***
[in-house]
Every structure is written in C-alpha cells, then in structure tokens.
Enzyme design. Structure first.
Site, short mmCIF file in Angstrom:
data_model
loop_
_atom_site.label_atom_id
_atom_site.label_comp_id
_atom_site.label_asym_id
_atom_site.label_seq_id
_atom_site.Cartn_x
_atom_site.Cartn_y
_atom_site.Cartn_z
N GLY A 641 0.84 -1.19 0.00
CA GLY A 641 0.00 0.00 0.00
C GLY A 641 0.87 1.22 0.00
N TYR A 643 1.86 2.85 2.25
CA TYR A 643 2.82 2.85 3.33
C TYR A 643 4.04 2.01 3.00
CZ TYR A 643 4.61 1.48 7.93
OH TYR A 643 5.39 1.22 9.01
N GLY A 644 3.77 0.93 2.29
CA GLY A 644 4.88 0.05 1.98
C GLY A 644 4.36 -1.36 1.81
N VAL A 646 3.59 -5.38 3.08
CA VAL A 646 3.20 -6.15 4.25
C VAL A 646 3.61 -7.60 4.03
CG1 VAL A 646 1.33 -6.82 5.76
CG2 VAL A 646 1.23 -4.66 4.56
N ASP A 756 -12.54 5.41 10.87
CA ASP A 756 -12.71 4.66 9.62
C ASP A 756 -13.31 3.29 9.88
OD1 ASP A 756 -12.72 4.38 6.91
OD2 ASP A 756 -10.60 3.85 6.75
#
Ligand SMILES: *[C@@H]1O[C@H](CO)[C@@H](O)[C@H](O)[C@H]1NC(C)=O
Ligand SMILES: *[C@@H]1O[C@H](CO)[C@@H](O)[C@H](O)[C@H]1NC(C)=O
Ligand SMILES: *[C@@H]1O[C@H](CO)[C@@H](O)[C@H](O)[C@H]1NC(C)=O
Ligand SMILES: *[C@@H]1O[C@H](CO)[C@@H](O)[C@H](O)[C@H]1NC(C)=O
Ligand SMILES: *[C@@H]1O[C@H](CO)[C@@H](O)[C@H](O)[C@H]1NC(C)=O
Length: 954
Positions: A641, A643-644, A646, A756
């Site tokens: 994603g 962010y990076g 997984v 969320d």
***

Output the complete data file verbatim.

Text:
[in-house]
Every structure is written in C-alpha cells, then in structure tokens.
Enzyme design. Structure first.
Site, short mmCIF file in Angstrom:
data_model
loop_
_atom_site.label_atom_id
_atom_site.label_comp_id
_atom_site.label_asym_id
_atom_site.label_seq_id
_atom_site.Cartn_x
_atom_site.Cartn_y
_atom_site.Cartn_z
N GLY A 641 0.84 -1.19 0.00
CA GLY A 641 0.00 0.00 0.00
C GLY A 641 0.87 1.22 0.00
N TYR A 643 1.86 2.85 2.25
CA TYR A 643 2.82 2.85 3.33
C TYR A 643 4.04 2.01 3.00
CZ TYR A 643 4.61 1.48 7.93
OH TYR A 643 5.39 1.22 9.01
N GLY A 644 3.77 0.93 2.29
CA GLY A 644 4.88 0.05 1.98
C GLY A 644 4.36 -1.36 1.81
N VAL A 646 3.59 -5.38 3.08
CA VAL A 646 3.20 -6.15 4.25
C VAL A 646 3.61 -7.60 4.03
CG1 VAL A 646 1.33 -6.82 5.76
CG2 VAL A 646 1.23 -4.66 4.56
N ASP A 756 -12.54 5.41 10.87
CA ASP A 756 -12.71 4.66 9.62
C ASP A 756 -13.31 3.29 9.88
OD1 ASP A 756 -12.72 4.38 6.91
OD2 ASP A 756 -10.60 3.85 6.75
#
Ligand SMILES: *[C@@H]1O[C@H](CO)[C@@H](O)[C@H](O)[C@H]1NC(C)=O
Ligand SMILES: *[C@@H]1O[C@H](CO)[C@@H](O)[C@H](O)[C@H]1NC(C)=O
Ligand SMILES: *[C@@H]1O[C@H](CO)[C@@H](O)[C@H](O)[C@H]1NC(C)=O
Ligand SMILES: *[C@@H]1O[C@H](CO)[C@@H](O)[C@H](O)[C@H]1NC(C)=O
Ligand SMILES: *[C@@H]1O[C@H](CO)[C@@H](O)[C@H](O)[C@H]1NC(C)=O
Length: 954
Positions: A641, A643-644, A646, A756
């Site tokens: 994603g 962010y990076g 997984v 969320d």